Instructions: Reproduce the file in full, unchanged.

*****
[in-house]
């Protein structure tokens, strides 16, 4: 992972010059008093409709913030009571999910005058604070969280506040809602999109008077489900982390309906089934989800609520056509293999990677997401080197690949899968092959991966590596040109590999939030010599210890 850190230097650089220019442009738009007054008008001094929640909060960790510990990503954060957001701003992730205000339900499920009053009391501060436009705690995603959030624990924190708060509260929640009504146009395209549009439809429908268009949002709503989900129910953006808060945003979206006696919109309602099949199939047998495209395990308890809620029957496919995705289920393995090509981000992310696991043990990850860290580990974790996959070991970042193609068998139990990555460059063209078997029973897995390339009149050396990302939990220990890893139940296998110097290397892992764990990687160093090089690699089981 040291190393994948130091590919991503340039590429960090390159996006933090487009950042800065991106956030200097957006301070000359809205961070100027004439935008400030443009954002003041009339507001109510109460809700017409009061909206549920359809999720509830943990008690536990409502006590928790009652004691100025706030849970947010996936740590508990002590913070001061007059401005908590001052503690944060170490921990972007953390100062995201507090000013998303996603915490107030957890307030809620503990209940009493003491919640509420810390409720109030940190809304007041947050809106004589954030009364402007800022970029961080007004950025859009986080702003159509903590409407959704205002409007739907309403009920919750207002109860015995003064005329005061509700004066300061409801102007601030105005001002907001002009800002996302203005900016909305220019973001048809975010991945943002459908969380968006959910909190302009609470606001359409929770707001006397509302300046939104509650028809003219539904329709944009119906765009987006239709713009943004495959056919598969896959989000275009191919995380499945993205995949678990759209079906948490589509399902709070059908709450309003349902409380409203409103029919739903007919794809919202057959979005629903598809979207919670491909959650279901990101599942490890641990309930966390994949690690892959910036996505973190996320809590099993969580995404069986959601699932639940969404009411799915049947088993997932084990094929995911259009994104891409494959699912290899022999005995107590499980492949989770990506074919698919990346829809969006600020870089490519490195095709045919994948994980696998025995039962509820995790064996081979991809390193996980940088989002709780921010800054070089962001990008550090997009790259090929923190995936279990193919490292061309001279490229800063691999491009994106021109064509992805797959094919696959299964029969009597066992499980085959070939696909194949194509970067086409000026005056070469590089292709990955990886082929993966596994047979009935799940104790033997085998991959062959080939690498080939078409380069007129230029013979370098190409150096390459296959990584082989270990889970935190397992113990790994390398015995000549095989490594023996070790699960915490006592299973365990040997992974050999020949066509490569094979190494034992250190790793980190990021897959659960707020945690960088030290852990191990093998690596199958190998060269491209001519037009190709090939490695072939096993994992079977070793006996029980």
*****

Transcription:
[in-house]
């Protein structure tokens, strides 16, 4: 992972010059008093409709913030009571999910005058604070969280506040809602999109008077489900982390309906089934989800609520056509293999990677997401080197690949899968092959991966590596040109590999939030010599210890 850190230097650089220019442009738009007054008008001094929640909060960790510990990503954060957001701003992730205000339900499920009053009391501060436009705690995603959030624990924190708060509260929640009504146009395209549009439809429908268009949002709503989900129910953006808060945003979206006696919109309602099949199939047998495209395990308890809620029957496919995705289920393995090509981000992310696991043990990850860290580990974790996959070991970042193609068998139990990555460059063209078997029973897995390339009149050396990302939990220990890893139940296998110097290397892992764990990687160093090089690699089981 040291190393994948130091590919991503340039590429960090390159996006933090487009950042800065991106956030200097957006301070000359809205961070100027004439935008400030443009954002003041009339507001109510109460809700017409009061909206549920359809999720509830943990008690536990409502006590928790009652004691100025706030849970947010996936740590508990002590913070001061007059401005908590001052503690944060170490921990972007953390100062995201507090000013998303996603915490107030957890307030809620503990209940009493003491919640509420810390409720109030940190809304007041947050809106004589954030009364402007800022970029961080007004950025859009986080702003159509903590409407959704205002409007739907309403009920919750207002109860015995003064005329005061509700004066300061409801102007601030105005001002907001002009800002996302203005900016909305220019973001048809975010991945943002459908969380968006959910909190302009609470606001359409929770707001006397509302300046939104509650028809003219539904329709944009119906765009987006239709713009943004495959056919598969896959989000275009191919995380499945993205995949678990759209079906948490589509399902709070059908709450309003349902409380409203409103029919739903007919794809919202057959979005629903598809979207919670491909959650279901990101599942490890641990309930966390994949690690892959910036996505973190996320809590099993969580995404069986959601699932639940969404009411799915049947088993997932084990094929995911259009994104891409494959699912290899022999005995107590499980492949989770990506074919698919990346829809969006600020870089490519490195095709045919994948994980696998025995039962509820995790064996081979991809390193996980940088989002709780921010800054070089962001990008550090997009790259090929923190995936279990193919490292061309001279490229800063691999491009994106021109064509992805797959094919696959299964029969009597066992499980085959070939696909194949194509970067086409000026005056070469590089292709990955990886082929993966596994047979009935799940104790033997085998991959062959080939690498080939078409380069007129230029013979370098190409150096390459296959990584082989270990889970935190397992113990790994390398015995000549095989490594023996070790699960915490006592299973365990040997992974050999020949066509490569094979190494034992250190790793980190990021897959659960707020945690960088030290852990191990093998690596199958190998060269491209001519037009190709090939490695072939096993994992079977070793006996029980």